There has always been somebody ahead of C.J. Anderson, whether it was Trey Davis, Jabarie Hinds or Donte Clark. Anderson was always forced to play a specific role; over the years he has proven his versatility, seeing time on the floor at the one, two, three and four.
Having finished with a winning record only once in his time at UMass and the amount of change that has occurred in the program over the past seven months, it would make sense for the now-senior to try his luck elsewhere. But Anderson decided to stay.
“I’m just a believer, I believe in the impossible,” Anderson said. “My mom and dad always told me, believe in God and anything is possible. I told my guys the first day of summer session, I said ‘look man it’s been rough for me, people telling me do this people telling me do that, man but I trust ya’ll, I believe in ya’ll, why not.’ That’s what I live by, why not shock the world. I came back, it’s not just for myself, I’m a team player and I’m just here for my guys and I really just start to coach them.”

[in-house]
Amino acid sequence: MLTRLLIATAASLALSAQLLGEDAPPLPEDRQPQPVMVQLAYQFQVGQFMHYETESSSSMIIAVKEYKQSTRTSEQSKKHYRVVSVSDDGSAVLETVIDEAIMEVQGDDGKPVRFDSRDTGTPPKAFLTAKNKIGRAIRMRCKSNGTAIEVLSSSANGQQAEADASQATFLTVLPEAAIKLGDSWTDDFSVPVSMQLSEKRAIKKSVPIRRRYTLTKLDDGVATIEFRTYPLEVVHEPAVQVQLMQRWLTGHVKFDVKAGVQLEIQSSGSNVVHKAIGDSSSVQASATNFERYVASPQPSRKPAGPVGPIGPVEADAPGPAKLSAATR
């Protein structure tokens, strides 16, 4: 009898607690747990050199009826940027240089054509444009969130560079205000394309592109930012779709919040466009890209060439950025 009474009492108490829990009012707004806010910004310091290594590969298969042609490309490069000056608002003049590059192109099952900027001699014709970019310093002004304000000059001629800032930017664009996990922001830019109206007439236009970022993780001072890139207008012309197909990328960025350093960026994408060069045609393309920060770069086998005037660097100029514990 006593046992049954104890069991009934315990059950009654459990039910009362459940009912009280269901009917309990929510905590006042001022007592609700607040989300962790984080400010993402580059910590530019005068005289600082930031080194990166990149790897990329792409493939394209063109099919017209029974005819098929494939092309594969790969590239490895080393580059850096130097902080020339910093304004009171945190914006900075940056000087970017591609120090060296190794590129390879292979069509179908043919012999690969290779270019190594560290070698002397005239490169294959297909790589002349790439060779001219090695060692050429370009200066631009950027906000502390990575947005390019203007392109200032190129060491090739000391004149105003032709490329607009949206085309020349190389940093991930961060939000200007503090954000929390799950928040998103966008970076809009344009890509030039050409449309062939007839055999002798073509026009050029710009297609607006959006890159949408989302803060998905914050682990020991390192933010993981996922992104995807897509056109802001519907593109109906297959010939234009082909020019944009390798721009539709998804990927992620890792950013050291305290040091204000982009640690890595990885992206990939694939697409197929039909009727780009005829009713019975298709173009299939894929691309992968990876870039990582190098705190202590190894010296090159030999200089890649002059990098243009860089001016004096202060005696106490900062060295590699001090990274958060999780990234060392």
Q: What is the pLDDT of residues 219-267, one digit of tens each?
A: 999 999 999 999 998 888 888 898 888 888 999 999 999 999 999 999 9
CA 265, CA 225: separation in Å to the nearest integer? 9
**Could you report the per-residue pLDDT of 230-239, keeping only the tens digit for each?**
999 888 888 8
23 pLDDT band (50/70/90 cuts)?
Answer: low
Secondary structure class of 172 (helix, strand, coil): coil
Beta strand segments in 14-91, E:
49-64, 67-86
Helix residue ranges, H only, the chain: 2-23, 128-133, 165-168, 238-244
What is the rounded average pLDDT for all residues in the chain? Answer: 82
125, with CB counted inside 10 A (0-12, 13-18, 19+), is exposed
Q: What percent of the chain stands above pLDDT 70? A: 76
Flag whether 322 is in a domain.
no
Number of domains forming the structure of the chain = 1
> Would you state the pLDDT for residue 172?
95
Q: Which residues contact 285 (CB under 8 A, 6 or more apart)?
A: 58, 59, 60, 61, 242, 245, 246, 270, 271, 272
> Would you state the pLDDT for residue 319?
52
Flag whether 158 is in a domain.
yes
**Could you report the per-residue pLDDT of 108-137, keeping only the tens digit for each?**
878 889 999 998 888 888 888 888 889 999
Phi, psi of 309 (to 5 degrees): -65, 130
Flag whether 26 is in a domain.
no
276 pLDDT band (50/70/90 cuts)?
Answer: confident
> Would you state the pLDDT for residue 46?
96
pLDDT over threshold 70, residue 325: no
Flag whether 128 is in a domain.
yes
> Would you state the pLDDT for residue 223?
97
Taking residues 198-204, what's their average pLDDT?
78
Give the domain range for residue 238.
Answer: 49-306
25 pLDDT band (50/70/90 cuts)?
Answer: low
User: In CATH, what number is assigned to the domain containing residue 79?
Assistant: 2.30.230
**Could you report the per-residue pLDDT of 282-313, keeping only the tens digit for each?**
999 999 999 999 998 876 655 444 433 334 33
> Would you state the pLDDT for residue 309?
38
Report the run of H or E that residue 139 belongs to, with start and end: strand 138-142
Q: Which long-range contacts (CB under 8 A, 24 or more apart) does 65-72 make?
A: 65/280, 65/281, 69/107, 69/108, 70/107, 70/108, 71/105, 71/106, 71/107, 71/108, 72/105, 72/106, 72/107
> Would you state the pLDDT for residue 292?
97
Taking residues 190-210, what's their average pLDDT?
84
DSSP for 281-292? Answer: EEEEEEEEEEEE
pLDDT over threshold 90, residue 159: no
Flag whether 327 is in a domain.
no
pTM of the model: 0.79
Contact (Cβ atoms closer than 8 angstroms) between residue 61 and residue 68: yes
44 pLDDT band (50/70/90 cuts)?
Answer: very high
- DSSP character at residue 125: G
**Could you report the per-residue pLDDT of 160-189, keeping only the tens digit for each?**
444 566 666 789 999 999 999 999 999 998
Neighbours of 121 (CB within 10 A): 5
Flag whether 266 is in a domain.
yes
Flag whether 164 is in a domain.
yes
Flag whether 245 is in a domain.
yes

McCall has credited Anderson for his professionalism throughout the chaos of this past summer and fall and has put his trust in Anderson by playing him more than 30 minutes in each of the season’s first two games. In return, Anderson scored nine points vs. the River Hawks and 12 points vs. Harvard.
Along with making a commitment to himself, Anderson feels committed to helping those on the team whose time at UMass will outlive his.
“Making them leaders as well, it’s not just about me. If I’m on somebody, I want that same guy to be on me as well and that’s the only way we’re going to get anywhere.
“Honestly, of course we’re looking at this year and getting prepared for this year, but I mean, man, the future is bright for me and my team. So I’m really just trying to get them ready for this year and for next year so they can do their thing as well.”
Philip Sanzo can be reached at [email protected] and followed on Twitter @Philip_Sanzo.